Global wheat markets rose sharply last week after Russian President Vladimir Putin called for a review of the Ukraine grain export corridor deal, accusing the West of deception and claiming that Russia and the developing world had been cheated by the United Nations brokered deal.

According to Russia’s Foreign Ministry, the deal to allow the shipment of Ukrainian grain and vegetable oils from its Black Sea ports is being executed poorly, and an extension will depend on how the agreement is implemented for the balance of the initial 120-day period.

Moscow’s comments highlight the perilous situation in the Black Sea region due to the Russian invasion of Ukraine more than six months ago and the subsequent imposition of Western sanctions against Moscow.

The original deal was struck to help avert global famine by injecting more wheat, corn, sunflower oil, fertiliser and other products into world markets, including for humanitarian needs. The deal, signed by Ukraine, Russia, Turkey and the United Nations, also facilitates Russian exports. Putin understands that the food market is universal and agreed to the deal out of fear of being blamed for global famine. With higher global supply, lower prices would follow, easing the cost of food for developing nations.

And the increasing flow of grain shipments from Ukraine’s Black Sea ports since the agreement’s inception in late July led to a steady decline in the price of wheat futures along with a decrease in the export value of both Ukrainian and Russian supplies. The initial reaction of corn futures and export prices was also lower, but production issues in Europe and the United States have overshadowed the supply boost and reversed that price trend.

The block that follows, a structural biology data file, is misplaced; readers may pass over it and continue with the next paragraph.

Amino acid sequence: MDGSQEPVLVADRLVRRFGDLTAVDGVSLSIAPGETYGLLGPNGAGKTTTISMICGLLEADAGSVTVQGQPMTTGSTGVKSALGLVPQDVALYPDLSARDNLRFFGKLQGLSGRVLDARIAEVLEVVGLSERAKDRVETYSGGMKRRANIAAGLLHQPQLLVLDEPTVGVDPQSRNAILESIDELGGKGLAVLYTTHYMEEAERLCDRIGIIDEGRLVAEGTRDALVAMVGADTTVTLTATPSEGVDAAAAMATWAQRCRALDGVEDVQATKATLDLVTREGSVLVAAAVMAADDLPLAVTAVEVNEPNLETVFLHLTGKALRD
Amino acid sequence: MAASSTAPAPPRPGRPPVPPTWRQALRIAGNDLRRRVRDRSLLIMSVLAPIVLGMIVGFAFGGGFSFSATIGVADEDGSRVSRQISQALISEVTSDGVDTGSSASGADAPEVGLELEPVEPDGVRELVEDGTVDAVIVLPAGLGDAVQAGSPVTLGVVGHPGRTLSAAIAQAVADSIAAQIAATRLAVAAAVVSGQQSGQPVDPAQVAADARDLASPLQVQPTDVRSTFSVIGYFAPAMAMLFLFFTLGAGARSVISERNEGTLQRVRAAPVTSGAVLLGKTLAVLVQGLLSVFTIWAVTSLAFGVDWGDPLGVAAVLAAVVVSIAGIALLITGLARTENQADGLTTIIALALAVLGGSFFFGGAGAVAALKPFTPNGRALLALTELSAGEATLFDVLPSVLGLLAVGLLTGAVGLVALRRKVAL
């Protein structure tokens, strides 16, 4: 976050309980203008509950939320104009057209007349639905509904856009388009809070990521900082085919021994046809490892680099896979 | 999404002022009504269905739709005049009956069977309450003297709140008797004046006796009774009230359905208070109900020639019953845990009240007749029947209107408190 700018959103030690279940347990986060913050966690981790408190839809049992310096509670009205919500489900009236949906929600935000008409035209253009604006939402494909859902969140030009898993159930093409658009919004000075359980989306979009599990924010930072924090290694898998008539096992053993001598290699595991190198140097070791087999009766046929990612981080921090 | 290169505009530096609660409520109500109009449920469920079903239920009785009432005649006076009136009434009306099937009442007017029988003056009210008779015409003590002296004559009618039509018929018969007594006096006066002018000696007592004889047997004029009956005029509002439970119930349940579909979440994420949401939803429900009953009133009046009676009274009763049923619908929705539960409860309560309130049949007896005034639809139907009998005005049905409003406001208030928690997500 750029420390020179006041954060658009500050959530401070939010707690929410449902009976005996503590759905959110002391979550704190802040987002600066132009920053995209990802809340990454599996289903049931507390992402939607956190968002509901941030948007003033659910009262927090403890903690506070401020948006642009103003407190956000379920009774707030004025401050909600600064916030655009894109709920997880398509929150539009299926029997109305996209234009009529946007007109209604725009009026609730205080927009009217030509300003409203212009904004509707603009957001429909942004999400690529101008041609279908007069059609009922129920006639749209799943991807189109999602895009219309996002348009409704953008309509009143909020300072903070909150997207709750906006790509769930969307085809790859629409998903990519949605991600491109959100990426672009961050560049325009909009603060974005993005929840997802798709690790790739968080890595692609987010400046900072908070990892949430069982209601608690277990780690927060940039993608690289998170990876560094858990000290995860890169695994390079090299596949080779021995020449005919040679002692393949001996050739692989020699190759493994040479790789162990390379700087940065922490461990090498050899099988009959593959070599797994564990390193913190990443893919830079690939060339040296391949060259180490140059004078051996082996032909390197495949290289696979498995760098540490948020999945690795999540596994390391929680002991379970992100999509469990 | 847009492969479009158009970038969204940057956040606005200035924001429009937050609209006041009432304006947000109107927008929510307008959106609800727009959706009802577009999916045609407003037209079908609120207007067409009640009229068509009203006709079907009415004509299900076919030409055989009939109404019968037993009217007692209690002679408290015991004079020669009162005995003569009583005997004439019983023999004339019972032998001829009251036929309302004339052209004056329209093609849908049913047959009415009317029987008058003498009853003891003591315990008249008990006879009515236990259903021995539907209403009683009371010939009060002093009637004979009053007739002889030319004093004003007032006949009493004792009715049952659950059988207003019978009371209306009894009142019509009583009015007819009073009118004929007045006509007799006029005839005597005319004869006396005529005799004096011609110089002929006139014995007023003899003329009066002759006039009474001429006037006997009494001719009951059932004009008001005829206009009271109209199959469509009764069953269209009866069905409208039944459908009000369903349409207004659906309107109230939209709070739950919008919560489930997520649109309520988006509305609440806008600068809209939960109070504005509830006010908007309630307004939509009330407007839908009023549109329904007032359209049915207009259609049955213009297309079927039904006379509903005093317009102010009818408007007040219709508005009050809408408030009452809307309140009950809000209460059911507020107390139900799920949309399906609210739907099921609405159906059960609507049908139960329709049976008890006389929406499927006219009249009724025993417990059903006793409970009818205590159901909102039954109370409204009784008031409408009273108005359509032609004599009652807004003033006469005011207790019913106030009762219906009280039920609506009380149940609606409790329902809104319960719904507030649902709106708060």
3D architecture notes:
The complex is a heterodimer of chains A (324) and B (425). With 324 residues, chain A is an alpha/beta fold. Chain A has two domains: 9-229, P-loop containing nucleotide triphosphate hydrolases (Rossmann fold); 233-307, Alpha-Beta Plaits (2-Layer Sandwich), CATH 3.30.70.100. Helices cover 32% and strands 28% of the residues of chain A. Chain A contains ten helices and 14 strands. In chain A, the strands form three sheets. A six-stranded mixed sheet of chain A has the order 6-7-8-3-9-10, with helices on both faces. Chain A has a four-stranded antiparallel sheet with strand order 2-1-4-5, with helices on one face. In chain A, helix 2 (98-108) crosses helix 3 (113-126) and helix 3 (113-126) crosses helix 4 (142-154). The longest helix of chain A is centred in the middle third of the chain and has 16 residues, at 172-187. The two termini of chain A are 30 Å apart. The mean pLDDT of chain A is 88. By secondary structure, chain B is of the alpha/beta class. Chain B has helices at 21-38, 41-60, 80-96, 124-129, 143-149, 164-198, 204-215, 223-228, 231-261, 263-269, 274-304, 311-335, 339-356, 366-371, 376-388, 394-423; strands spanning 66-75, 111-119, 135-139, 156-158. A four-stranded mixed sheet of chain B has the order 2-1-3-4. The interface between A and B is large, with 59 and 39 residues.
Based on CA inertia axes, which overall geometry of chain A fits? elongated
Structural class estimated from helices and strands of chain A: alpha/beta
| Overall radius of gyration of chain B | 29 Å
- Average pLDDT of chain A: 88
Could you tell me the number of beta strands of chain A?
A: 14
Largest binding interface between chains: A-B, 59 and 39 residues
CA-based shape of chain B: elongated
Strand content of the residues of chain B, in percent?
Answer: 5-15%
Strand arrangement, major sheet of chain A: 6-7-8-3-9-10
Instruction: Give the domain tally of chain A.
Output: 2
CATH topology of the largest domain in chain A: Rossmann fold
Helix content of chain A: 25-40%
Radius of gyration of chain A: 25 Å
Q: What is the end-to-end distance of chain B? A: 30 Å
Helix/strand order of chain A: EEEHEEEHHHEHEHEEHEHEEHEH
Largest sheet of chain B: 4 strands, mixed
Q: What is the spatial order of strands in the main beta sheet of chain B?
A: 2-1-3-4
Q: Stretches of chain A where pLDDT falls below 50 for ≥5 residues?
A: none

However, President Putin claimed last week that if the leading recipient Turkey was excluded, the vast majority of Ukrainian grain shipped under July’s landmark deal had gone to rich European nations rather than poor countries in the developing world. He also claimed that Western countries were not doing enough to reduce the logistical difficulties faced by Russian exporters in light of their sanctions.

But Ukraine’s Foreign Minister Dmytro Kuleba has denied the claims, stating that two-thirds of the ships thus far were destined for countries in Asia, Africa, and the Middle East. He also claimed that the recovery in Ukrainian food exports had led to a reduction in global food prices in August. The United Nations and the United States agree, saying it is working just fine, fulfilling the original intention of keeping food prices in check.

Furthermore, the export data does not support Putin’s claim. Analysis of Ukrainian shipping lineups since the flow of grain resumed reveals exports of more than 2 million metric tonne under the export corridor agreement. Around 400,000 metric tonne has been shipped to African nations, and more than 600,000MT has gone to Asia and the Middle East. Turkey has received just over 457,000MT, and other European ports have cleared 842,000MT. Around 67 per cent of the exports were corn, 22 per cent wheat, 5 per cent barley and 6 per cent other agricultural produce.